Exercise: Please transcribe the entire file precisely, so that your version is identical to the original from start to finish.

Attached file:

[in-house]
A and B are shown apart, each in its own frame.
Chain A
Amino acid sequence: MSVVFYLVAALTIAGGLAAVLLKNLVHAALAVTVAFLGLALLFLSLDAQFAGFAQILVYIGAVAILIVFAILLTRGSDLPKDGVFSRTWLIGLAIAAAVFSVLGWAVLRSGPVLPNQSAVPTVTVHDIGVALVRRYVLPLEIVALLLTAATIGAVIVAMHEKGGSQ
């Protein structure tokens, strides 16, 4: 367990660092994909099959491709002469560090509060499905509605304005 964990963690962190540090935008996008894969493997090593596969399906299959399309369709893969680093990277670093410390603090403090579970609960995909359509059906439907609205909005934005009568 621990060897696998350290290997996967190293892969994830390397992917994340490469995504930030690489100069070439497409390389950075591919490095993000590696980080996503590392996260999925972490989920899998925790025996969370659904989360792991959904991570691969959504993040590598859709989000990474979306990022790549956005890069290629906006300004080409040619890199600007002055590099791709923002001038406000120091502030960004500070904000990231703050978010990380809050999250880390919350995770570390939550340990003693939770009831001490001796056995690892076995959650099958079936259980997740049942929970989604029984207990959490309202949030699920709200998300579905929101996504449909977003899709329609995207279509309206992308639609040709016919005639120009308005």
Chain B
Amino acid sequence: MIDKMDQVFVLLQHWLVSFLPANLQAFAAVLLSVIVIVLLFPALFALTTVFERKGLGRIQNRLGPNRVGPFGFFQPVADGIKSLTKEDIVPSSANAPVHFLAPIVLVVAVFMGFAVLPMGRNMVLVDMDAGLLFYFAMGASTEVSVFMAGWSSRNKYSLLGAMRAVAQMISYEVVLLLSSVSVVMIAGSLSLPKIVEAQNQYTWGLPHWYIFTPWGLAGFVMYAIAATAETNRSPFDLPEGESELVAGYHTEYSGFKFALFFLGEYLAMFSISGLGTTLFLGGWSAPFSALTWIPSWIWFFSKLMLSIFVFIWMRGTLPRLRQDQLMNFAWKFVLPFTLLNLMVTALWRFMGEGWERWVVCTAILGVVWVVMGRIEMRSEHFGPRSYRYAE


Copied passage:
[in-house]
A and B are shown apart, each in its own frame.
Chain A
Amino acid sequence: MSVVFYLVAALTIAGGLAAVLLKNLVHAALAVTVAFLGLALLFLSLDAQFAGFAQILVYIGAVAILIVFAILLTRGSDLPKDGVFSRTWLIGLAIAAAVFSVLGWAVLRSGPVLPNQSAVPTVTVHDIGVALVRRYVLPLEIVALLLTAATIGAVIVAMHEKGGSQ
């Protein structure tokens, strides 16, 4: 367990660092994909099959491709002469560090509060499905509605304005 964990963690962190540090935008996008894969493997090593596969399906299959399309369709893969680093990277670093410390603090403090579970609960995909359509059906439907609205909005934005009568 621990060897696998350290290997996967190293892969994830390397992917994340490469995504930030690489100069070439497409390389950075591919490095993000590696980080996503590392996260999925972490989920899998925790025996969370659904989360792991959904991570691969959504993040590598859709989000990474979306990022790549956005890069290629906006300004080409040619890199600007002055590099791709923002001038406000120091502030960004500070904000990231703050978010990380809050999250880390919350995770570390939550340990003693939770009831001490001796056995690892076995959650099958079936259980997740049942929970989604029984207990959490309202949030699920709200998300579905929101996504449909977003899709329609995207279509309206992308639609040709016919005639120009308005």
Chain B
Amino acid sequence: MIDKMDQVFVLLQHWLVSFLPANLQAFAAVLLSVIVIVLLFPALFALTTVFERKGLGRIQNRLGPNRVGPFGFFQPVADGIKSLTKEDIVPSSANAPVHFLAPIVLVVAVFMGFAVLPMGRNMVLVDMDAGLLFYFAMGASTEVSVFMAGWSSRNKYSLLGAMRAVAQMISYEVVLLLSSVSVVMIAGSLSLPKIVEAQNQYTWGLPHWYIFTPWGLAGFVMYAIAATAETNRSPFDLPEGESELVAGYHTEYSGFKFALFFLGEYLAMFSISGLGTTLFLGGWSAPFSALTWIPSWIWFFSKLMLSIFVFIWMRGTLPRLRQDQLMNFAWKFVLPFTLLNLMVTALWRFMGEGWERWVVCTAILGVVWVVMGRIEMRSEHFGPRSYRYAE